Here, the attendant circumstances suggest that respondent-appellant is not entitled to service fees.1âwphi1 It acknowledged its failure to furnish the agreed services and impliedly admitted that it is not in the position to demand for the payment of service fees when it approved the proposal for the waiver of future service fees and advised petitioner-appellee to contest the charges for accumulated service fees. Thereafter, respondent-appellant moved for the amendment of the contract, inserting a provision for the waiver of future service fees. Prior to that, the concerned departments of SBMA issued their respective certifications that they did not extend any service to petitioner-appellee.11

From the above findings of the CA, it is apparent that the questioned provisions of the contract are reciprocal in nature. Reciprocal obligations are those which arise from the same cause, and in which each party is a debtor and a creditor of the other, such that the obligation of one is dependent upon the obligation of the other.12 They are to be performed simultaneously such that the performance of one is conditioned upon the simultaneous fulfillment of the other.13 For one party to demand the performance of the obligation of the other party, the former must also perform its own obligation. Accordingly, petitioner, not having provided the services that would require the payment of service fees as stipulated in the Lease Development Agreement, is not entitled to collect the same.

Based on all of the above disquisitions, it is therefore clear that the CA did not commit any grave abuse of discretion in affirming the decision of the RTC. The term grave abuse of discretion is defined as a capricious and whimsical exercise of judgment as patent and gross as to amount to an evasion of a positive duty or a virtual refusal to perform a duty enjoined by law, as where the power is exercised in an arbitrary and despotic manner because of passion or hostility.14

WHEREFORE, the petition for certiorari dated August 2, 2010 of petitioner Subic Bay Metropolitan Authority is hereby DISMISSED for lack of merit.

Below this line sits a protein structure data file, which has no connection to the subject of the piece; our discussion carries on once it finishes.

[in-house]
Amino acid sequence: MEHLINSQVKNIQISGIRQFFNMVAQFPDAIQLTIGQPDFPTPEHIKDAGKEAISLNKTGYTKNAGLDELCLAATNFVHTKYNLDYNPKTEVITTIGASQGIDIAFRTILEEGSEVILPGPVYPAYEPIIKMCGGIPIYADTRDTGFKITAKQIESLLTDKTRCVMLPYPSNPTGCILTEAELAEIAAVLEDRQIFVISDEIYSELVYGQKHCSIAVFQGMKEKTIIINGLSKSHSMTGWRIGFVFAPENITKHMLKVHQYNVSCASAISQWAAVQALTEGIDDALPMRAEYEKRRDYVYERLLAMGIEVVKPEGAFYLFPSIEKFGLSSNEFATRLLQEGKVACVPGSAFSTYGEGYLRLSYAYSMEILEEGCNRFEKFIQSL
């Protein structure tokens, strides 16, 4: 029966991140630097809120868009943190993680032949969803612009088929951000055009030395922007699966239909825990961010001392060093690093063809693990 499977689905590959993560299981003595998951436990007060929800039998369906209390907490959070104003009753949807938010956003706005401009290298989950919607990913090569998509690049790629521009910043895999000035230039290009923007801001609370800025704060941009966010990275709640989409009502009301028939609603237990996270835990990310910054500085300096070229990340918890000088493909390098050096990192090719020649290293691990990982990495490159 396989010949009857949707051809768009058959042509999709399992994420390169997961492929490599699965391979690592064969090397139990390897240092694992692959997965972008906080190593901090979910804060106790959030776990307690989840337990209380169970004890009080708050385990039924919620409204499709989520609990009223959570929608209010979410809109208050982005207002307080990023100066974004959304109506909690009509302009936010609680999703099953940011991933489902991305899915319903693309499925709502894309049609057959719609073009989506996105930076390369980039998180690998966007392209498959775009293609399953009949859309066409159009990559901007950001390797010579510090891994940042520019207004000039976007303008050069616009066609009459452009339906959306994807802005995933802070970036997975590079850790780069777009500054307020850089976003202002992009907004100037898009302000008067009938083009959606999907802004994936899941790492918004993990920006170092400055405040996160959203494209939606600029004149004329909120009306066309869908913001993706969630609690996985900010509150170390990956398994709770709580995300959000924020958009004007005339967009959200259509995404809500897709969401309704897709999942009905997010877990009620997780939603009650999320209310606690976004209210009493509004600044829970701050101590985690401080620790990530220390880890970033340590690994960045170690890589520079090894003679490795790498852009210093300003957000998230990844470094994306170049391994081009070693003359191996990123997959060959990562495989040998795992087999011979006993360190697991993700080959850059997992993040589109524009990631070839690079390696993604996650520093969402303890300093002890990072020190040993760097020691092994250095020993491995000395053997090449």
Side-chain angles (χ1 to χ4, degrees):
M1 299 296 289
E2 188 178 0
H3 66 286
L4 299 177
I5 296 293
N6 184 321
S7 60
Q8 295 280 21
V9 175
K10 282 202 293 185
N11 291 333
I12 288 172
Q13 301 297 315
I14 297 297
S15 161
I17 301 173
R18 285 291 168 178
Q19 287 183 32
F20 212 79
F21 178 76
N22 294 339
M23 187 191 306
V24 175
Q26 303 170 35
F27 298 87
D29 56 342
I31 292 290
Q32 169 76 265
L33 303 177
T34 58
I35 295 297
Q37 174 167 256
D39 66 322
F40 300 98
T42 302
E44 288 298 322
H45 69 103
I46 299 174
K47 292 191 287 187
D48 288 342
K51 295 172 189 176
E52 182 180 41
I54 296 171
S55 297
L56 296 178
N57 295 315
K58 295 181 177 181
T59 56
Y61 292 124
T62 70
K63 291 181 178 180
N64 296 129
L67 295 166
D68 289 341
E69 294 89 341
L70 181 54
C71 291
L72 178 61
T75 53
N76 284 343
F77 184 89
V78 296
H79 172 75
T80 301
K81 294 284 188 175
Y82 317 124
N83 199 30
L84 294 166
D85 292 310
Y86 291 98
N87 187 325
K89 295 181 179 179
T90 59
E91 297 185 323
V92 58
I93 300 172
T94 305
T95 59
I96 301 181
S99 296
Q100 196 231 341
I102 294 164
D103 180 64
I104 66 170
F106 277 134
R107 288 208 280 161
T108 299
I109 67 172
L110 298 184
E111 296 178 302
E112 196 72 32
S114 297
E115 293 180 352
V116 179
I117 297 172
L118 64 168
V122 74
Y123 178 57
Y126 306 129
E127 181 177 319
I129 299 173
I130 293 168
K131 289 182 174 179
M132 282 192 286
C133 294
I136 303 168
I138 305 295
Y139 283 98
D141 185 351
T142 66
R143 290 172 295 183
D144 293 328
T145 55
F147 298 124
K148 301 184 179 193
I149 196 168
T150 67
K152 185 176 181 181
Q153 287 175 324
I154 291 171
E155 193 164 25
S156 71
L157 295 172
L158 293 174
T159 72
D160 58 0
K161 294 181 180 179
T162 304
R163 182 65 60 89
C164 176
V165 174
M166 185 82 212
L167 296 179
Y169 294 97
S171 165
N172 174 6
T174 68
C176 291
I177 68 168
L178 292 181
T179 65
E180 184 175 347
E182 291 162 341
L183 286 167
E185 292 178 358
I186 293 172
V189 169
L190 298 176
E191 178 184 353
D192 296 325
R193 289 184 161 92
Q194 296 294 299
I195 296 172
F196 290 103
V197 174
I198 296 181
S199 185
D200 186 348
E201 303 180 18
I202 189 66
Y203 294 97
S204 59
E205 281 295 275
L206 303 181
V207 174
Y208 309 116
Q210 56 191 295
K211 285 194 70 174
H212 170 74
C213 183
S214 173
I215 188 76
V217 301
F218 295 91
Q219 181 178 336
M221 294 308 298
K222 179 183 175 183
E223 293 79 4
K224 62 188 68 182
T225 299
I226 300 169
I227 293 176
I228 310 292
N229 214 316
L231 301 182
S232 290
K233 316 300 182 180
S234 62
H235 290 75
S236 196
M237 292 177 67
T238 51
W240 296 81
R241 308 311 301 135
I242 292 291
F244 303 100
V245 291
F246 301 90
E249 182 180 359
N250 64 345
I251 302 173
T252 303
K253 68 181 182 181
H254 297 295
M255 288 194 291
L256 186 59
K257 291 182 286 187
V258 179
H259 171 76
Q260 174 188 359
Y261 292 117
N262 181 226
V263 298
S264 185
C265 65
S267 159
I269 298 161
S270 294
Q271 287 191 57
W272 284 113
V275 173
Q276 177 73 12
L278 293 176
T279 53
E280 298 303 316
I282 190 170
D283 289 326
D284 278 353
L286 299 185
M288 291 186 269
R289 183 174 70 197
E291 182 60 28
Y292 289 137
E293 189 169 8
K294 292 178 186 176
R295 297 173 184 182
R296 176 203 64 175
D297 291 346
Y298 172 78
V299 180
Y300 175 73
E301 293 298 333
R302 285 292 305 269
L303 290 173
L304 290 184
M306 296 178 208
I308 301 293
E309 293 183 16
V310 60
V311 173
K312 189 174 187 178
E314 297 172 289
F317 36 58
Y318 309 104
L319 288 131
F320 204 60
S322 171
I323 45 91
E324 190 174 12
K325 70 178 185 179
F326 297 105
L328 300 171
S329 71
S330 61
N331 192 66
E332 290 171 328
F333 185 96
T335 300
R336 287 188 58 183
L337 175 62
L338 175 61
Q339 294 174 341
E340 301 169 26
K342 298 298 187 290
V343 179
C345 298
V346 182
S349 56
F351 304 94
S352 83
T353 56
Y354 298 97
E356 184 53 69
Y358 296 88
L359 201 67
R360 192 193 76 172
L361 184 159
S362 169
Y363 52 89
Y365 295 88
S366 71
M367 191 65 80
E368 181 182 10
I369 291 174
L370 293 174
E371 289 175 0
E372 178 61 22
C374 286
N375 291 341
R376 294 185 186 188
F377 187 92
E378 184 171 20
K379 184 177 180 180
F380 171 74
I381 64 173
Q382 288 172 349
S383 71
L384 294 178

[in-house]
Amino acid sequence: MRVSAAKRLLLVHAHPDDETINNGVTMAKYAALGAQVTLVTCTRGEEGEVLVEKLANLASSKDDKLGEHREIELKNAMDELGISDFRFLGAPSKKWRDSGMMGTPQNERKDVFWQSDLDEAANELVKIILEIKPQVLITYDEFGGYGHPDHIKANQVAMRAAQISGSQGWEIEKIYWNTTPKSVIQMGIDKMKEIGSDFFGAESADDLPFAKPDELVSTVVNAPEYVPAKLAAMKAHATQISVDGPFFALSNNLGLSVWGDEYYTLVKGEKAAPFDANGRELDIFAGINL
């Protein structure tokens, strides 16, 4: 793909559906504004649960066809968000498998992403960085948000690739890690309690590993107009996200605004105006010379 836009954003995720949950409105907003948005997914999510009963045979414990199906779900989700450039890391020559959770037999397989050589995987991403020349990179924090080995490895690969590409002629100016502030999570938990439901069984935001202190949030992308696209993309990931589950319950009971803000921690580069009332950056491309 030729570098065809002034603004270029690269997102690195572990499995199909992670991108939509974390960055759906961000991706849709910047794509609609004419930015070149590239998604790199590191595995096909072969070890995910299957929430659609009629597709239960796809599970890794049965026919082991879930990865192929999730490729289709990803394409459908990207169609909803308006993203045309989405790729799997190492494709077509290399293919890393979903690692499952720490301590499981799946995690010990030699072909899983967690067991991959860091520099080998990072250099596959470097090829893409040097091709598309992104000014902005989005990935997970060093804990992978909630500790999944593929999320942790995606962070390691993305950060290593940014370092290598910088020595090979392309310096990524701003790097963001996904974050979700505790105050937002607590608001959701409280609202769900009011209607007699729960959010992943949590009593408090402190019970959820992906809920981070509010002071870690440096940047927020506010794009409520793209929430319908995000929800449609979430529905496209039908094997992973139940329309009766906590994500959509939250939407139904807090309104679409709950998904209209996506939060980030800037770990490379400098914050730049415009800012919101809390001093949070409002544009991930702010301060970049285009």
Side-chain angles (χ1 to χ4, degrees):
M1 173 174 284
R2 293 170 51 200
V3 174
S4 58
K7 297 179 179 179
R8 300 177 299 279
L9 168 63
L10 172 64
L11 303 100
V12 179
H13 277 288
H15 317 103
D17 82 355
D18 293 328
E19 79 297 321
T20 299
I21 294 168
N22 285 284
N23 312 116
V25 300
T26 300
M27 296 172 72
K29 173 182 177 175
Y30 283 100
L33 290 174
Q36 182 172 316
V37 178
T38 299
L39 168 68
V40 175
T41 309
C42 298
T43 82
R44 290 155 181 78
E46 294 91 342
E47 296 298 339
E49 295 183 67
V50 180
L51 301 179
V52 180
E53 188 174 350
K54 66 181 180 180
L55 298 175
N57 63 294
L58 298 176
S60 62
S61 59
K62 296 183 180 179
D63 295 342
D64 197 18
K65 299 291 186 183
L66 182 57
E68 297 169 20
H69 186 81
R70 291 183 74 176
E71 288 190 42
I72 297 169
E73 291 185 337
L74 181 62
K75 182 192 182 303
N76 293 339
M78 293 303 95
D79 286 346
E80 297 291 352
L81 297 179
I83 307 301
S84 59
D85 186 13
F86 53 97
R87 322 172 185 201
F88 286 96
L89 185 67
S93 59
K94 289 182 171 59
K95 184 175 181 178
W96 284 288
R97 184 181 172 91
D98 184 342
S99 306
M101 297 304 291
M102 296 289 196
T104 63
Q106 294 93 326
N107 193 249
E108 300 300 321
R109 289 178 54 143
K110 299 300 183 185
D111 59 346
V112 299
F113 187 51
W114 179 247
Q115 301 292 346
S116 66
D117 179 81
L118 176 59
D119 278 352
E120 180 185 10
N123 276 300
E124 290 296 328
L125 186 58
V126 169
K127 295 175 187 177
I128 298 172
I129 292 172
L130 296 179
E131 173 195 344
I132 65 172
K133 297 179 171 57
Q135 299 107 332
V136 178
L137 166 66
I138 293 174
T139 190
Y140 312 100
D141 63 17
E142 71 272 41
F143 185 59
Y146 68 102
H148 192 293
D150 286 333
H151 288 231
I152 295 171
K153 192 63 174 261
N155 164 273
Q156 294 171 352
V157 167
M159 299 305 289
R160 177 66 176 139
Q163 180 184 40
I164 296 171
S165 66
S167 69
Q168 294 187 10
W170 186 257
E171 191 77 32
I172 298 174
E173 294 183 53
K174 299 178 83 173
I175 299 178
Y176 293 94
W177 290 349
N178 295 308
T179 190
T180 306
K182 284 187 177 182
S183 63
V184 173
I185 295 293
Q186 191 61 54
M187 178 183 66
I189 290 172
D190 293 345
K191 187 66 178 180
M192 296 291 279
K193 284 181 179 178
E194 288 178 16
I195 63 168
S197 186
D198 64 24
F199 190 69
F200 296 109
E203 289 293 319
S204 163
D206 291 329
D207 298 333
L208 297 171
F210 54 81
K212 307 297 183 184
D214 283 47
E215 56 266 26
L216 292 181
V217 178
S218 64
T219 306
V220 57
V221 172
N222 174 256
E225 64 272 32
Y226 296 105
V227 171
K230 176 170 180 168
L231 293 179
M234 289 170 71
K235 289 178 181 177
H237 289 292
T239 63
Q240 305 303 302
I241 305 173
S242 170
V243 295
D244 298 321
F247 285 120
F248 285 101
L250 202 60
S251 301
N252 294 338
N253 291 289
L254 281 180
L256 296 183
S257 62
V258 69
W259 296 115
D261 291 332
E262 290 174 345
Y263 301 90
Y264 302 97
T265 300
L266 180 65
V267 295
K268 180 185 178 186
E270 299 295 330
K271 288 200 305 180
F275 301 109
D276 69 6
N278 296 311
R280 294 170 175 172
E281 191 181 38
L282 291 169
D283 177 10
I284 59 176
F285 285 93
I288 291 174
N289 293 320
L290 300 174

Associate Justice


Associate Justice

Associate Justice
Associate Justice

Associate Justice


I attest that the conclusions in the above Decision had been reached in consultation before the case was assigned to the writer of the opinion of the Court’s Division.

Associate Justice
Chairperson, Third Division


I certify that the conclusions in the above Decision had been reached in consultation before the case was assigned to the writer of the opinion of the Court’s Division.

Senior Associate Justice
(Per Section 12, R.A. 296, The Judiciary Act of 1948, as amended)


* Designated Acting Member in lieu of Associate Justice Roberto A. Abad, per Special Order No. 1244 dated June 26, 2012.

1 Penned by Associate Justice Hakim S. Abdulwahid, with Associate Justices Normandie B. Pizarro and Florito S. Macalino, concurring; rollo, pp. 22-32.

2 Penned by Judge Ramon S. Caguioa; id. at 35-38.

3 Rollo, p. 22.

4 Id. at 60-107.

5 Id. at 42-45.

6 Id. at 38.

7 Id. at 40.

8 Id. at 32.

9 Id. at 29-30.

10 Rollo, pp. 194-209.

11 Id. at 31-32.

12 Jaime G. Ong v. CA, 369 Phil. 243, 252, citing Areola v. Court of Appeals, G.R. No. 95641, September 22, 1994, 236 SCRA 643.

13 Id.

14 Tan v. Spouses Antazo, G.R. No. 187208, February 23, 2011, 644 SCRA 337, 342, citing Office of the Ombudsman v. Magno, G.R. No. 178923, November 27, 2008, 572 SCRA 272, 286-287, citing Microsoft Corporation v. Best Deal Computer Center Corporation, 438 Phil. 408, 414 (2002); Suliguin v. Commission on Elections, G.R. No. 166046, March 23, 2006, 485 SCRA 219, 233; Natalia Realty, Inc. v. Court of Appeals, 440 Phil. 1, 19-20 (2002); Philippine Rabbit Bus Lines, Inc. v. Goimco, Sr., 512 Phil. 729, 733-734 (2005), citing Land Bank of the Philippines v. Court of Appeals, 456 Phil. 755, 786 (2003); Duero v. Court of Appeals, 424 Phil. 12, 20 (2002), citing Cuison v. Court of Appeals, G.R. No. 128540, April 15, 1998, 289 SCRA 159, 171.